August 1, 2017: Proceedings of the National Academy of Sciences of the United States of America
Ariel Rodríguez, James D Burgon, Mariana Lyra, Iker Irisarri, Denis Baurain, Leon Blaustein, Bayram Göçmen, Sven Künzel, Barbara K Mable, Arne W Nolte, Michael Veith, Sebastian Steinfartz, Kathryn R Elmer, Hervé Philippe, Miguel Vences
The rise of high-throughput sequencing techniques provides the unprecedented opportunity to analyse controversial phylogenetic relationships in great depth, but also introduces a risk of being misinterpreted by high node support values influenced by unevenly distributed missing data or unrealistic model assumptions. Here, we use three largely independent phylogenomic data sets to reconstruct the controversial phylogeny of true salamanders of the genus Salamandra, a group of amphibians providing an intriguing model to study the evolution of aposematism and viviparity...
October 2017: Molecular Phylogenetics and Evolution
Josef Beneš, Petr Veselý
Birds are usually considered the main predators shaping the evolution of aposematic signals and mimicry. Nevertheless, some lizards also represent predominately visually oriented predators, so they may also play an important role in the evolution of aposematism. Despite this fact, experimental evidence regarding the responses of lizards to aposematic prey is very poor compared to such evidence in birds. Lizards possess very similar sensory and cognitive abilities to those of birds and their response to aposematic prey may thus be affected by very similar processes...
August 2017: Zoology: Analysis of Complex Systems, ZACS
James B Barnett, Innes C Cuthill, Nicholas E Scott-Samuel
The effect of viewing distance on the perception of visual texture is well known: spatial frequencies higher than the resolution limit of an observer's visual system will be summed and perceived as a single combined colour. In animal defensive colour patterns, distance-dependent pattern blending may allow aposematic patterns, salient at close range, to match the background to distant observers. Indeed, recent research has indicated that reducing the distance from which a salient signal can be detected can increase survival over camouflage or conspicuous aposematism alone...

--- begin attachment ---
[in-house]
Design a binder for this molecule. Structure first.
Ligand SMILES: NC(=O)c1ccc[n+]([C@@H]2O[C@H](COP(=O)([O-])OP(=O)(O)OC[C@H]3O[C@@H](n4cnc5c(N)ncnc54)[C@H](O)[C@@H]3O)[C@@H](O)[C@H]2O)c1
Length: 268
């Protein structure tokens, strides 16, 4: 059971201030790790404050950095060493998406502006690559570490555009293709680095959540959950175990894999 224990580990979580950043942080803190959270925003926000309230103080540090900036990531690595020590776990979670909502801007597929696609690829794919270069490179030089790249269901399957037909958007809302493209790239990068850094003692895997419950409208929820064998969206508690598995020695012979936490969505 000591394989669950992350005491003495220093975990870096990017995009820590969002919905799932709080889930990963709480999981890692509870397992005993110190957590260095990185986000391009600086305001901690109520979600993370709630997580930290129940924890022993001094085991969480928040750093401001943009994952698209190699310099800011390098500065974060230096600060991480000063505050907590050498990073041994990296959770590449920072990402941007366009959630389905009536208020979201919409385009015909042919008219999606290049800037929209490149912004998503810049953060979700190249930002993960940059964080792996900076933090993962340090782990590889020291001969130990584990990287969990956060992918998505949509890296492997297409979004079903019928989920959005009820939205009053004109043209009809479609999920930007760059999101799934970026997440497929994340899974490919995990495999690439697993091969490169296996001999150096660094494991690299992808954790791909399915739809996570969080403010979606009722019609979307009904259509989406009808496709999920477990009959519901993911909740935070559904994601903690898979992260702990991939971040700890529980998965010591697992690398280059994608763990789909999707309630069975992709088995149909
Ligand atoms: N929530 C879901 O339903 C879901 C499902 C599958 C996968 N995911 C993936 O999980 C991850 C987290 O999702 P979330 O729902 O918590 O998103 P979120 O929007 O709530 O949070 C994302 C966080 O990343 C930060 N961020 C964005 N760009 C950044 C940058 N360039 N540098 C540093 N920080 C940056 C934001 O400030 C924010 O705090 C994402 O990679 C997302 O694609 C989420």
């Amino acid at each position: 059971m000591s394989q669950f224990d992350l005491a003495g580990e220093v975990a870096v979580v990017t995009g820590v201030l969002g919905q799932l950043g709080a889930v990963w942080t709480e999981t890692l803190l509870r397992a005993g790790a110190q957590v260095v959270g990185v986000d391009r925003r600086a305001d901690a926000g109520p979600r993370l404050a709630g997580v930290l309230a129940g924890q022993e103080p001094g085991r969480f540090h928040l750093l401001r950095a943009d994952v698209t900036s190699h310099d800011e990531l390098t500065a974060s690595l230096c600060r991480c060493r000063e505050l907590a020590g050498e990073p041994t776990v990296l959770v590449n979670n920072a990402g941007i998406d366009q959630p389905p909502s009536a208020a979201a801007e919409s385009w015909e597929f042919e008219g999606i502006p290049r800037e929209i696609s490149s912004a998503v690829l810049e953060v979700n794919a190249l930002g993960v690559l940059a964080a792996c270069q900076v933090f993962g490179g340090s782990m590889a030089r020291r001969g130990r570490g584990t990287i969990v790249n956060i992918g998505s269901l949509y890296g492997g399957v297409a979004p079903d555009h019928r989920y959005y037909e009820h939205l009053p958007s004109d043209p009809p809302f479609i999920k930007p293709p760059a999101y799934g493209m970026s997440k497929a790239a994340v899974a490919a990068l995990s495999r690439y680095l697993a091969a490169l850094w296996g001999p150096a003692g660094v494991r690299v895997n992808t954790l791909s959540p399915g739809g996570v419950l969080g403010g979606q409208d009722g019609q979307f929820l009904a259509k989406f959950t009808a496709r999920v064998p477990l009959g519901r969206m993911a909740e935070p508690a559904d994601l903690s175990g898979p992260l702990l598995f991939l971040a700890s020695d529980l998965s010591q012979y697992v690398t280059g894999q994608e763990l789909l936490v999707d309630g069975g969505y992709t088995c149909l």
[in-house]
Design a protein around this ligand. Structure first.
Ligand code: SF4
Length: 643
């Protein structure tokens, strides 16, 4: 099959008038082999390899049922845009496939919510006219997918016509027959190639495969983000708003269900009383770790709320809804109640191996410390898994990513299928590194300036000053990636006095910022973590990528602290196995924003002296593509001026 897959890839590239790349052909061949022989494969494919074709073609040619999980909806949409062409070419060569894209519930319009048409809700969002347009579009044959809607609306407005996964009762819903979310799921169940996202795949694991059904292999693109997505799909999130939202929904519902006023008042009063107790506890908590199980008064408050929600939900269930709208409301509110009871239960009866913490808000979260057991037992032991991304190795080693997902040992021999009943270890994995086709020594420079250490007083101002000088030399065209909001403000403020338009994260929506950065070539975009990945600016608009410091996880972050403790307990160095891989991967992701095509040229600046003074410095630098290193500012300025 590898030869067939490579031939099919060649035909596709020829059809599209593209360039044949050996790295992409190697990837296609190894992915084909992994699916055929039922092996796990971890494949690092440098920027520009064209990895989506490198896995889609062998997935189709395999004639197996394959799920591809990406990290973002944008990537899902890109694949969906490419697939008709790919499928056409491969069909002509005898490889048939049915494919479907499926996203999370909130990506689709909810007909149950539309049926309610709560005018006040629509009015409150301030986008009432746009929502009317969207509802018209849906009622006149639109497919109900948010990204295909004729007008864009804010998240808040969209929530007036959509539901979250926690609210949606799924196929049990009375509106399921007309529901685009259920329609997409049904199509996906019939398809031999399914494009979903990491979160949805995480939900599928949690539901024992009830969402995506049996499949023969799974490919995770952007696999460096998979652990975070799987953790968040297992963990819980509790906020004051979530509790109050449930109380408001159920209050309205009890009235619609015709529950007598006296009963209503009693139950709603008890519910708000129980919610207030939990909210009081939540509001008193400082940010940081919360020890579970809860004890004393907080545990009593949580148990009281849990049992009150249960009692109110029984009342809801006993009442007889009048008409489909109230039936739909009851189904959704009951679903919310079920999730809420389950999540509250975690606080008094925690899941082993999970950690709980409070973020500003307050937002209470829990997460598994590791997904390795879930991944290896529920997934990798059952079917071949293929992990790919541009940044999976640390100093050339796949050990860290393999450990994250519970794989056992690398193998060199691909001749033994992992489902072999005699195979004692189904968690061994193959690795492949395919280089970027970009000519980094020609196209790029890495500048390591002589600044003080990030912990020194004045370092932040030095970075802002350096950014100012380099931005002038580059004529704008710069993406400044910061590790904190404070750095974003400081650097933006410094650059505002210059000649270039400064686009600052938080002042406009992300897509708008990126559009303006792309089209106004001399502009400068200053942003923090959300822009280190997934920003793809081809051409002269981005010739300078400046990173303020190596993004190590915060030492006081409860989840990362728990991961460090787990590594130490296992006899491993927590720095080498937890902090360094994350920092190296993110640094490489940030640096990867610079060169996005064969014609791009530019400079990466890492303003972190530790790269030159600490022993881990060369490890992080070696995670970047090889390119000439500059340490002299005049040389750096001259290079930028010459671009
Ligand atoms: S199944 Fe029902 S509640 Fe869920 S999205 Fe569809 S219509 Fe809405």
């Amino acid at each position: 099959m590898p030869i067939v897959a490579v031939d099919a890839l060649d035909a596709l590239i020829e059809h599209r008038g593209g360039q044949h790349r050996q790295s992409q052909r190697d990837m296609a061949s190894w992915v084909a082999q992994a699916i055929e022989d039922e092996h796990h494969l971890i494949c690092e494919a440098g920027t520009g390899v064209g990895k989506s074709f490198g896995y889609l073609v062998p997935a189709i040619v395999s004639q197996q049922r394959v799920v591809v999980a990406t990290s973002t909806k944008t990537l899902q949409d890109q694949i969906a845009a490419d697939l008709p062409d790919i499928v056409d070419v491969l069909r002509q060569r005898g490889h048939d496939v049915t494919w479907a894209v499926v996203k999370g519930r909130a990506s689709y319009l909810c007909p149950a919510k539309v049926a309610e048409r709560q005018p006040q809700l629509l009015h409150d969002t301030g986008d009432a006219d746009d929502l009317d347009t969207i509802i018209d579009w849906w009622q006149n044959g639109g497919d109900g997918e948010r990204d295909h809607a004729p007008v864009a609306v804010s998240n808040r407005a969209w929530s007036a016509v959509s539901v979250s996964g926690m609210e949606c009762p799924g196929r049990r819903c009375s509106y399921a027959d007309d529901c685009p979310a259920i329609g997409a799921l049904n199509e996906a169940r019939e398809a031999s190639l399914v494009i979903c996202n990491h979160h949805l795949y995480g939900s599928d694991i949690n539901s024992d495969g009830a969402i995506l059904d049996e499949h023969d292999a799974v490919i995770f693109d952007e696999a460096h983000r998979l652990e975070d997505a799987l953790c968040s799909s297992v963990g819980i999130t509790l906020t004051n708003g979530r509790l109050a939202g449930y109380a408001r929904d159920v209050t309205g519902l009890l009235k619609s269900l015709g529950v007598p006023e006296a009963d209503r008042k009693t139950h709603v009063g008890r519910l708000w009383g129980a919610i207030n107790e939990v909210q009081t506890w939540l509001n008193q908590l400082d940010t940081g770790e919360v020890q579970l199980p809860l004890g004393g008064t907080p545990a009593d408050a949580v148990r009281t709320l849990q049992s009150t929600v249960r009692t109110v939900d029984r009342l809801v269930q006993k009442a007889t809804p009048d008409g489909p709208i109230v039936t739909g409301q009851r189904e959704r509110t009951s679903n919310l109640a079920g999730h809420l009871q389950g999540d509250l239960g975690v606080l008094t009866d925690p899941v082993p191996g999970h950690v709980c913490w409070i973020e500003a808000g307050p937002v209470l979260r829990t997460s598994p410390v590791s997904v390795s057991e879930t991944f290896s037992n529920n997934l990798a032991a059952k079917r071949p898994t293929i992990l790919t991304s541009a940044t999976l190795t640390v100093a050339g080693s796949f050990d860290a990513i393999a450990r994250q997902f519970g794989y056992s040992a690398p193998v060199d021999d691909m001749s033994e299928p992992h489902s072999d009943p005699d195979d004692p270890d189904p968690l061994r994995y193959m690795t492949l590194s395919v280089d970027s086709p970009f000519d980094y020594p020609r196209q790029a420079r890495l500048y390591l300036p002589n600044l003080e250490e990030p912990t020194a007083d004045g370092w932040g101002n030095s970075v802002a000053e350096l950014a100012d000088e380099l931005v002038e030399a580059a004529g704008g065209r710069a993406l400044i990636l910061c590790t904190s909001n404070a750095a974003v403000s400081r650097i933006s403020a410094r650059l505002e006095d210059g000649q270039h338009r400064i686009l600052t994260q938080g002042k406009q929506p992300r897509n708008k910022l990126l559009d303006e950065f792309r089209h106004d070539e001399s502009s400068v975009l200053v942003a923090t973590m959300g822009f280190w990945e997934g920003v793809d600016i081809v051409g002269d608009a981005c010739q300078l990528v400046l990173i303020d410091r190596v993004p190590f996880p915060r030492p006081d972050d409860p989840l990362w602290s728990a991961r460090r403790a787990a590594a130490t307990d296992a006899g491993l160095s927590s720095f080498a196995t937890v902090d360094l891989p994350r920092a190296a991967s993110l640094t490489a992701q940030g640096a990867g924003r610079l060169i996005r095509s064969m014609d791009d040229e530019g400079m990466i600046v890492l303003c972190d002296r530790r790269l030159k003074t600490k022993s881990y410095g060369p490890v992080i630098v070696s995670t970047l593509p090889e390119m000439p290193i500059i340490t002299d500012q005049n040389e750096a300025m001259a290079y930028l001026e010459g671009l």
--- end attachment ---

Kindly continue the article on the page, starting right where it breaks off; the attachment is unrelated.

July 12, 2017: Proceedings. Biological Sciences
Tammy M Duong, Ann B Gomez, Thomas N Sherratt
Aposematism is an evolved, cross-species association between a preys' unprofitability and the presence of conspicuous signals. Avian predators have been widely employed to understand the evolution of these warning signals However, insect predators are abundant, diverse, and highly visual foragers that have been shown to be capable of learned aversion. Therefore, it is likely that their behaviour also shapes the nature of anti-predator traits. In this study, we evaluated the rates of attack of a community (13 species) of mature adult dragonflies (Odonata) on artificial prey of varying size (2...
2017: PloS One
Eva Landová, Kateřina Hotová Svádová, Roman Fuchs, Pavel Štys, Alice Exnerová
Social learning plays an important role in acquiring new foraging skills and food preferences in many bird species but its potential role in learning to avoid aposematic prey has never been studied. We tested the effect of social learning on the acquisition of avoidance of aposematic insect prey (firebug Pyrrhocoris apterus; Heteroptera) in juvenile, hand-reared great tits (Parus major). Behaviour towards aposematic prey was compared between two groups of birds: (1) the observers that were, prior to encounter with firebugs, allowed to watch the experienced conspecific demonstrator repeatedly refuse to attack the prey, and (2) the control birds that lacked this opportunity...
September 2017: Animal Cognition